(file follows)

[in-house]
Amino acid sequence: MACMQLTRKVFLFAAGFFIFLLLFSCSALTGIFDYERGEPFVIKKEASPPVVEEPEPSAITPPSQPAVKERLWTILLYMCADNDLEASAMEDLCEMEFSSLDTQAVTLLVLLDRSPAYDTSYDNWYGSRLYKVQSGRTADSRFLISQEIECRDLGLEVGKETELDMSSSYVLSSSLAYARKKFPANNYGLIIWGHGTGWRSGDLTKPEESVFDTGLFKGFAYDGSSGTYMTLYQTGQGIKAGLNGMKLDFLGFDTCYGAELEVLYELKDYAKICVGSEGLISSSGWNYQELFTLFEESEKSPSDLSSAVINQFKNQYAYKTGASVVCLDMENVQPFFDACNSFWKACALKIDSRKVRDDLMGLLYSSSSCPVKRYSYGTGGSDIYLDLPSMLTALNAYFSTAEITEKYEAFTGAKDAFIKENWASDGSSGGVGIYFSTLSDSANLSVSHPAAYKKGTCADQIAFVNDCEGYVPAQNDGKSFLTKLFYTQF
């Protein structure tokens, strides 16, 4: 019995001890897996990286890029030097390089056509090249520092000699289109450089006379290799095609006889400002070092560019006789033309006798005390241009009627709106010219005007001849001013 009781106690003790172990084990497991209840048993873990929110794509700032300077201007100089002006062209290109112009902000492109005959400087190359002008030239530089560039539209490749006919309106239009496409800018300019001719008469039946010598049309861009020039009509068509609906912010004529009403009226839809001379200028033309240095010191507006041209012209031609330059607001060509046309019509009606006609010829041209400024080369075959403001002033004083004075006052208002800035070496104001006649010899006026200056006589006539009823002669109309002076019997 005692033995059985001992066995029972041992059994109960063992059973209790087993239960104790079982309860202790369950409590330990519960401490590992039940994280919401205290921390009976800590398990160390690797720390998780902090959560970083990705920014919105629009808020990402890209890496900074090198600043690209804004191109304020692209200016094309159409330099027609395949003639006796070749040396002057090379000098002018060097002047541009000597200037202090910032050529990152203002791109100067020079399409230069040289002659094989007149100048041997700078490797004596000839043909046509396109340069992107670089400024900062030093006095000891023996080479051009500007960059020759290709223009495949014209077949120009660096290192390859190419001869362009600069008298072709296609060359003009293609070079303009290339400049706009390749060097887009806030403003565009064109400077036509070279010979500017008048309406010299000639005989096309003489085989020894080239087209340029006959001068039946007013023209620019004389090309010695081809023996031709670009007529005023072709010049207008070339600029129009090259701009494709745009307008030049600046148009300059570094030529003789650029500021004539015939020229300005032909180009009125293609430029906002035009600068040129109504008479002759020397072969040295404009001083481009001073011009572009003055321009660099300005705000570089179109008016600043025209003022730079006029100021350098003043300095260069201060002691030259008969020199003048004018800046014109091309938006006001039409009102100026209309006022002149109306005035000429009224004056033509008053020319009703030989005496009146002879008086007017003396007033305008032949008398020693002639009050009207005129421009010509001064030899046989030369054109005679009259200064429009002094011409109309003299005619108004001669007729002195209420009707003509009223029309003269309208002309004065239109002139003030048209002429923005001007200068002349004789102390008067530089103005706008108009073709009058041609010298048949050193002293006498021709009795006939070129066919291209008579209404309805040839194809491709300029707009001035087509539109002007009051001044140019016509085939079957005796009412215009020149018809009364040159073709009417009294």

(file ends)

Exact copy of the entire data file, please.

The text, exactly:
[in-house]
Amino acid sequence: MACMQLTRKVFLFAAGFFIFLLLFSCSALTGIFDYERGEPFVIKKEASPPVVEEPEPSAITPPSQPAVKERLWTILLYMCADNDLEASAMEDLCEMEFSSLDTQAVTLLVLLDRSPAYDTSYDNWYGSRLYKVQSGRTADSRFLISQEIECRDLGLEVGKETELDMSSSYVLSSSLAYARKKFPANNYGLIIWGHGTGWRSGDLTKPEESVFDTGLFKGFAYDGSSGTYMTLYQTGQGIKAGLNGMKLDFLGFDTCYGAELEVLYELKDYAKICVGSEGLISSSGWNYQELFTLFEESEKSPSDLSSAVINQFKNQYAYKTGASVVCLDMENVQPFFDACNSFWKACALKIDSRKVRDDLMGLLYSSSSCPVKRYSYGTGGSDIYLDLPSMLTALNAYFSTAEITEKYEAFTGAKDAFIKENWASDGSSGGVGIYFSTLSDSANLSVSHPAAYKKGTCADQIAFVNDCEGYVPAQNDGKSFLTKLFYTQF
């Protein structure tokens, strides 16, 4: 019995001890897996990286890029030097390089056509090249520092000699289109450089006379290799095609006889400002070092560019006789033309006798005390241009009627709106010219005007001849001013 009781106690003790172990084990497991209840048993873990929110794509700032300077201007100089002006062209290109112009902000492109005959400087190359002008030239530089560039539209490749006919309106239009496409800018300019001719008469039946010598049309861009020039009509068509609906912010004529009403009226839809001379200028033309240095010191507006041209012209031609330059607001060509046309019509009606006609010829041209400024080369075959403001002033004083004075006052208002800035070496104001006649010899006026200056006589006539009823002669109309002076019997 005692033995059985001992066995029972041992059994109960063992059973209790087993239960104790079982309860202790369950409590330990519960401490590992039940994280919401205290921390009976800590398990160390690797720390998780902090959560970083990705920014919105629009808020990402890209890496900074090198600043690209804004191109304020692209200016094309159409330099027609395949003639006796070749040396002057090379000098002018060097002047541009000597200037202090910032050529990152203002791109100067020079399409230069040289002659094989007149100048041997700078490797004596000839043909046509396109340069992107670089400024900062030093006095000891023996080479051009500007960059020759290709223009495949014209077949120009660096290192390859190419001869362009600069008298072709296609060359003009293609070079303009290339400049706009390749060097887009806030403003565009064109400077036509070279010979500017008048309406010299000639005989096309003489085989020894080239087209340029006959001068039946007013023209620019004389090309010695081809023996031709670009007529005023072709010049207008070339600029129009090259701009494709745009307008030049600046148009300059570094030529003789650029500021004539015939020229300005032909180009009125293609430029906002035009600068040129109504008479002759020397072969040295404009001083481009001073011009572009003055321009660099300005705000570089179109008016600043025209003022730079006029100021350098003043300095260069201060002691030259008969020199003048004018800046014109091309938006006001039409009102100026209309006022002149109306005035000429009224004056033509008053020319009703030989005496009146002879008086007017003396007033305008032949008398020693002639009050009207005129421009010509001064030899046989030369054109005679009259200064429009002094011409109309003299005619108004001669007729002195209420009707003509009223029309003269309208002309004065239109002139003030048209002429923005001007200068002349004789102390008067530089103005706008108009073709009058041609010298048949050193002293006498021709009795006939070129066919291209008579209404309805040839194809491709300029707009001035087509539109002007009051001044140019016509085939079957005796009412215009020149018809009364040159073709009417009294």